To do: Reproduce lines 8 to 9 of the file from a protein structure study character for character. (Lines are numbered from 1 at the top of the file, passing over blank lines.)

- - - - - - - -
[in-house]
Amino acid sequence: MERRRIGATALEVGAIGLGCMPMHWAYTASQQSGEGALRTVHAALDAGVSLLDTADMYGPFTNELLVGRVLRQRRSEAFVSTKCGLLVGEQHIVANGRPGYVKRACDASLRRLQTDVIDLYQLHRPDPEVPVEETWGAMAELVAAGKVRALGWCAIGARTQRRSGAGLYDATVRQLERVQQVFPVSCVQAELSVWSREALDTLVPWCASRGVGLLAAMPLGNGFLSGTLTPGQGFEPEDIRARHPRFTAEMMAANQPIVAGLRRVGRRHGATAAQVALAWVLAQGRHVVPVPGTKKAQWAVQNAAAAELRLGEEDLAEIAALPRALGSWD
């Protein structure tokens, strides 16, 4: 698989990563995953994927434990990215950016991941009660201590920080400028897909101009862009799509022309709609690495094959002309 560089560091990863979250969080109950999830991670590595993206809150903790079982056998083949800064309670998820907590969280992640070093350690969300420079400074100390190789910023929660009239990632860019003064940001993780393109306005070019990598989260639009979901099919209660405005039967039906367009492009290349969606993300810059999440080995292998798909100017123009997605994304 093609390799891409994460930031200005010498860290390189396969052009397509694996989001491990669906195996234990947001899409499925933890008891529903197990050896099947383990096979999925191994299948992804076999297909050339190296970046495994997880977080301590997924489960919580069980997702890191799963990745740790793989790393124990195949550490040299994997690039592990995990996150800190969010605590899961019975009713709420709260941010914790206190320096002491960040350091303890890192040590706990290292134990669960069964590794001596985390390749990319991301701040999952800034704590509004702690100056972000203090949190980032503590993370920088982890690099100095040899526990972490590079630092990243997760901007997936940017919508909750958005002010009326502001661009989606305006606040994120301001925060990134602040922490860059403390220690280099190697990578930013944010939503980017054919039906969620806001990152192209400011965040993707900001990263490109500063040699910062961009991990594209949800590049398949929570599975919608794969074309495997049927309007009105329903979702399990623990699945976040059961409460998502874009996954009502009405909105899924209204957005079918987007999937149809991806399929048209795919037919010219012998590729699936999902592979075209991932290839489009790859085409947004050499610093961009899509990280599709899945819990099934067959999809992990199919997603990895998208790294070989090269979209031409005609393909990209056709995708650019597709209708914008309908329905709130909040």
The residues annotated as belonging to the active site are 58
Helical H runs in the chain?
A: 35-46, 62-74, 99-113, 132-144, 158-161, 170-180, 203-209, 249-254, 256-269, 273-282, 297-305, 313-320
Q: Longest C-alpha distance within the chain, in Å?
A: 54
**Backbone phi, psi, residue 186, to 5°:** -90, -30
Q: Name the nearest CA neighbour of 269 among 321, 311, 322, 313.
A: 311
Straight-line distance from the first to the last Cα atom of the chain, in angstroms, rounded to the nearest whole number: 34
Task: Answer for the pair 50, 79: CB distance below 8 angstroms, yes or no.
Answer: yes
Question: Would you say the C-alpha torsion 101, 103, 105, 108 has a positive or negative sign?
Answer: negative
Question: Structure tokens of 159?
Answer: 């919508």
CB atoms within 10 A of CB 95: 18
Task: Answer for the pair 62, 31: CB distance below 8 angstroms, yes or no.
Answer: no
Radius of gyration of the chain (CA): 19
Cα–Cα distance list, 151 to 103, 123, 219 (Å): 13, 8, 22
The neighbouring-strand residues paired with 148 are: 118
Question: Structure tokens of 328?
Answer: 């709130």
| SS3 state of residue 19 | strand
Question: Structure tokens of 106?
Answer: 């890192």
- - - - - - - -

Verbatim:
A: 54
**Backbone phi, psi, residue 186, to 5°:** -90, -30